Friday, June 20, 2008

Rowan Williams @ Night News


Excerpt from Rowan Williams' website

What about the way we live our lives now as a family; more mothers going out to work as I suggested, more couples being allowed to get married, single mothers on welfare support. Going back to some of those specifics, if you can, can you address them? Are they all good things, ought they to be encouraged?

We now have a very wide assortment of family patterns in this country. Now some of them are healthy and good, even when they are not particularly conventional. I guess that like many people, I have seen single mothers bringing up children in exemplary ways, sacrificial ways.

And you would say the same for gay couples?

I have seen gay couples with adoptive children who seem to be again, devoting sacrificial attention. Now whatever I think of the ethics of that, there is love and care going on there.

Now, you wouldn't rule any of these particular ways of bringing up children?

The law at the moment allows those.

What about the Church though?

The Church has its own rules about these things.

And where do you stand, with the law or with the Church?

I'm a member of the Church. I stand with the Church on these things. We do not encourage or sanction certain patterns of family life, the state does. We work with that the best we can.

You see, isn't the problem that there is a religion in this country that sets strict boundaries, that has a rigorous moral code, that is unswerving, that knows its mind; that religion is Islam. And the Church of England has kowtowed to the tolerances of the time or the trends of the time and in doing so, has lost its authority.

You could say that the Church of England is trying to deal with pastoral realism with a very, very complicated set of social circumstances. I think if you looked at how Islam, or Catholicism, or Hinduism, worked in slightly more complex situations, you would find that they were making pastoral accommodations as well.

And yet, when I have asked you for specific examples of how we should live our lives according to right and wrong, you have replied very diplomatically but with no authority of right and wrong.

What difference does it make if I say, "The root of all evil is single mothers. The root of all evil is irresponsible, individual teenagers. If we got them we would solve all the problems." What difference does that make? I don't think it does. What we can do is be as careful and as candid as we can in the analysis of the problem that asks, what will humanly make a difference to this? It is too easy to pontificate from a distance. I know what I believe about the nature of marriage and I am quite prepared to say so. I believe marriage is a lifelong relationship between a man and a woman whose purpose is partly the upbringing of children.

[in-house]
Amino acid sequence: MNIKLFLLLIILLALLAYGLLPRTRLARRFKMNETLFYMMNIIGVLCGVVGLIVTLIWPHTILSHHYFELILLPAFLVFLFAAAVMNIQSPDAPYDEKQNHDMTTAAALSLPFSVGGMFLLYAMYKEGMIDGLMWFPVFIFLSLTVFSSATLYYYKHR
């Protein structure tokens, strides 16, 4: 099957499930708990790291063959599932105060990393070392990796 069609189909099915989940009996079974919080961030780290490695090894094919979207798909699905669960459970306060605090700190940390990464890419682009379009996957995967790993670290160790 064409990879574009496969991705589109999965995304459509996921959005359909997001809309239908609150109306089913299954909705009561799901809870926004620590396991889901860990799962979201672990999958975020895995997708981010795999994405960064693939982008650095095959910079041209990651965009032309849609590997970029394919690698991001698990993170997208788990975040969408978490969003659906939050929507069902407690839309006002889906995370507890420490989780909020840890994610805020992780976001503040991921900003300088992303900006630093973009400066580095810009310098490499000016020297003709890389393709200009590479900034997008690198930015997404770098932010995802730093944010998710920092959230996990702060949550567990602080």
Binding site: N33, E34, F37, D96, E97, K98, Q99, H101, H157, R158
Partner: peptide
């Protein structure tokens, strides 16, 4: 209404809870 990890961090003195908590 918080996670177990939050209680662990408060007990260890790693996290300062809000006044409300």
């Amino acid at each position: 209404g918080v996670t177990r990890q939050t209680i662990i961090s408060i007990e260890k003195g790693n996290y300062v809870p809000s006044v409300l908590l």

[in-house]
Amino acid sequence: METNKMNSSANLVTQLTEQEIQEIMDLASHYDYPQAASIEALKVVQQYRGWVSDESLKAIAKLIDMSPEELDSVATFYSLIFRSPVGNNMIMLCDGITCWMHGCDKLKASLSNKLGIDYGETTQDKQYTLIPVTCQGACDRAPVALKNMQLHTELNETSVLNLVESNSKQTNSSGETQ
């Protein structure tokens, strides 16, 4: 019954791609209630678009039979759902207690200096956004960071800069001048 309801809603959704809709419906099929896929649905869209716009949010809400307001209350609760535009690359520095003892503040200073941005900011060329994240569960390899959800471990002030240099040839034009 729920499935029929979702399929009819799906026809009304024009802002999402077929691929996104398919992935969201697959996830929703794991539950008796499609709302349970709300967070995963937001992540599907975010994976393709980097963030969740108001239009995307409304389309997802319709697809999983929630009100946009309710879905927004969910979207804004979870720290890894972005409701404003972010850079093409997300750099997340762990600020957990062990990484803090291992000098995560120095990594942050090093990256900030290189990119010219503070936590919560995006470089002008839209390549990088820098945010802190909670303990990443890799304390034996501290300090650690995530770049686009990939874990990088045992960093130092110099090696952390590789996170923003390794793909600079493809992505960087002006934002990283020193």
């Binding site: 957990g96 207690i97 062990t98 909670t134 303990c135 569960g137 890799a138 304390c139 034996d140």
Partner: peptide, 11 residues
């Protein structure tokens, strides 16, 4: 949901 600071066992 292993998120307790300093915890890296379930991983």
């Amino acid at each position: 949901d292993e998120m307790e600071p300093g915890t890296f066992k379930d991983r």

But do you not concede that we need from you a more muscular Christianity and all we are getting is one that has been replaced by the search for pluralism?

I think that is completely untrue. Do you think that people in this country faced with 'muscular Christianity', as you called it, are going to change their ways because I say so or anyone else says so? We have to have credibility in terms of what kind of healing or wholeness we can bring to peoples' lives by being alongside them. That involves more clarity, it involves moral perspective and orientation but nothing has changed by saying things are more loudly.

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Sze Zeng's Comment:

Williams asked, "Do you think that people in this country faced with 'muscular Christianity', as you called it, are going to change their ways because I say so or anyone else says so? We have to have credibility in terms of what kind of healing or wholeness we can bring to peoples' lives by being alongside them."

That's a very valid question to asked especially for leaders. Do we shove our granted authority on people or do we earn the credibility by bringing wholeness to people by being alongside them? I opt for Williams. We don't take our authority for granted.

To put that in theological studies, we don't take our interpretation or our understanding of the Bible for granted by invoking "Thus saith the Lord/Bible". Our interpretation has to be always dealing with "very very complicated set of social circumstance". For eg. Do we simply understand Genesis' account as historical 6-day creation event based merely on the text alone? Or do we also acknowledge the findings from other studies like Ancient Near Eastern cosmologies to our modern Stephen Hawking's cosmology to Aristotelian cosmology to Bi-Polar cosmology?

I would of course opt for the latter not because the Bible is not authoritative on me but because its authority is ultimately intertwined with this complicated world. Hence just to apprehend the scope of its authority, our theology has to extend beyond the text in order to offer wholeness by being alongside these circumstances.

1 comment:

The Inquisitor said...

In response to your very complicated set of social circumstances,

"If that is the will of the people, then we need to change the people"

Itzhak Ben-Aharon

:P